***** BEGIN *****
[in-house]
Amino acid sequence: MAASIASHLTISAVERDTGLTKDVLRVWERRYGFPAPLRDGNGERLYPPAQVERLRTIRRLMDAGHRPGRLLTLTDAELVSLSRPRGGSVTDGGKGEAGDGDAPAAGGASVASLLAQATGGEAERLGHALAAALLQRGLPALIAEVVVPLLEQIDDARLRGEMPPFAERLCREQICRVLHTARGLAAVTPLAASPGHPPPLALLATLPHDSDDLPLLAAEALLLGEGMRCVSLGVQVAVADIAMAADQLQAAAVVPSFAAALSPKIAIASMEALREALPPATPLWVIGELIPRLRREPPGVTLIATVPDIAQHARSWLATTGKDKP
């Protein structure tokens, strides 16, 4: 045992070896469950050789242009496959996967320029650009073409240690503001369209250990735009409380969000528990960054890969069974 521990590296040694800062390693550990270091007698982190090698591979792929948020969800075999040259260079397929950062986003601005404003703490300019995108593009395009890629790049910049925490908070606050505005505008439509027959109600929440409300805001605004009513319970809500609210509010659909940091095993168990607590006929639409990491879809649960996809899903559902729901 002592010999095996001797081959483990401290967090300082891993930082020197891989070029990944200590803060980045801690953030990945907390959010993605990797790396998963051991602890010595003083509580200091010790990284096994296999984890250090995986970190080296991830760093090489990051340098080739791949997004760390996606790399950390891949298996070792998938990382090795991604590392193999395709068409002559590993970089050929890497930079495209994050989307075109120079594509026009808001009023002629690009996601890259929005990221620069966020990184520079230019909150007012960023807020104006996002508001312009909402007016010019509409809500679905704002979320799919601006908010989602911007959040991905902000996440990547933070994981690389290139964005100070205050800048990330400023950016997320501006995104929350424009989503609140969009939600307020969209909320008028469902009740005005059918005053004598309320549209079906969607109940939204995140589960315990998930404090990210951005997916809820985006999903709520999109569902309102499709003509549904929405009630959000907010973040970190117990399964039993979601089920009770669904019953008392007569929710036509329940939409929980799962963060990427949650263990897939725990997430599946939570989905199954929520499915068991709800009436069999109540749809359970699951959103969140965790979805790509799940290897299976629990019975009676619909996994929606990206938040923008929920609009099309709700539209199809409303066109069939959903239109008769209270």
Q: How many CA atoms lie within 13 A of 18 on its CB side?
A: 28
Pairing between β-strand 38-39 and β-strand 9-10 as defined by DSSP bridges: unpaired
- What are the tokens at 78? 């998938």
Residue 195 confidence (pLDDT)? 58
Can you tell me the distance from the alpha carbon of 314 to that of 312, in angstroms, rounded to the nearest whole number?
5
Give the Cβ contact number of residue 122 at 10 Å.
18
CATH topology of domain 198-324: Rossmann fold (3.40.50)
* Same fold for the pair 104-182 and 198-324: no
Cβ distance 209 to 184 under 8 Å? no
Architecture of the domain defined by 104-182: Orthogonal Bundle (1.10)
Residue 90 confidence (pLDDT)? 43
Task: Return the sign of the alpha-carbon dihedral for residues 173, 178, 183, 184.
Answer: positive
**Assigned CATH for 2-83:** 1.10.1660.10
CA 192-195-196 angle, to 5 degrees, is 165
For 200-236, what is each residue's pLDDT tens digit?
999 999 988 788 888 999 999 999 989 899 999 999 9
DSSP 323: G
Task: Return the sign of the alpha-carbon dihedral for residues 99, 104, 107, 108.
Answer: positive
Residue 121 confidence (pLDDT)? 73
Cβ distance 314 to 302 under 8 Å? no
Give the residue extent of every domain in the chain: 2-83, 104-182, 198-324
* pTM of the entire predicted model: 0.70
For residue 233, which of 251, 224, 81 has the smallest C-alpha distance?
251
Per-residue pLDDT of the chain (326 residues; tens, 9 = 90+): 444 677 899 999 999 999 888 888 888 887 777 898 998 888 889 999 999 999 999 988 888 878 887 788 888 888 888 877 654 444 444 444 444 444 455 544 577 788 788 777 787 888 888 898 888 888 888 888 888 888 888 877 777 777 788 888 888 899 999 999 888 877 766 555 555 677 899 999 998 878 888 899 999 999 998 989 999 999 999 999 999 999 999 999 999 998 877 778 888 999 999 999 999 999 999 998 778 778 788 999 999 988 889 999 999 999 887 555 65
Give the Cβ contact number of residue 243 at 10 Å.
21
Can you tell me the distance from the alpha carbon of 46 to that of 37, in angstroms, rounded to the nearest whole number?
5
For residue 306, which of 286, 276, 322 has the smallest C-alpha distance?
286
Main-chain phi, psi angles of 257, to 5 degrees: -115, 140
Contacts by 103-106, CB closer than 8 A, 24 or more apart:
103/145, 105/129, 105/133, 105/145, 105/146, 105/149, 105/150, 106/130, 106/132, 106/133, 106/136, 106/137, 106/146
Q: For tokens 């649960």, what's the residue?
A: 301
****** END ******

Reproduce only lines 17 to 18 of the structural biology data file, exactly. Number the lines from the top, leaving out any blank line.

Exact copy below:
Residue 90 confidence (pLDDT)? 43
Task: Return the sign of the alpha-carbon dihedral for residues 173, 178, 183, 184.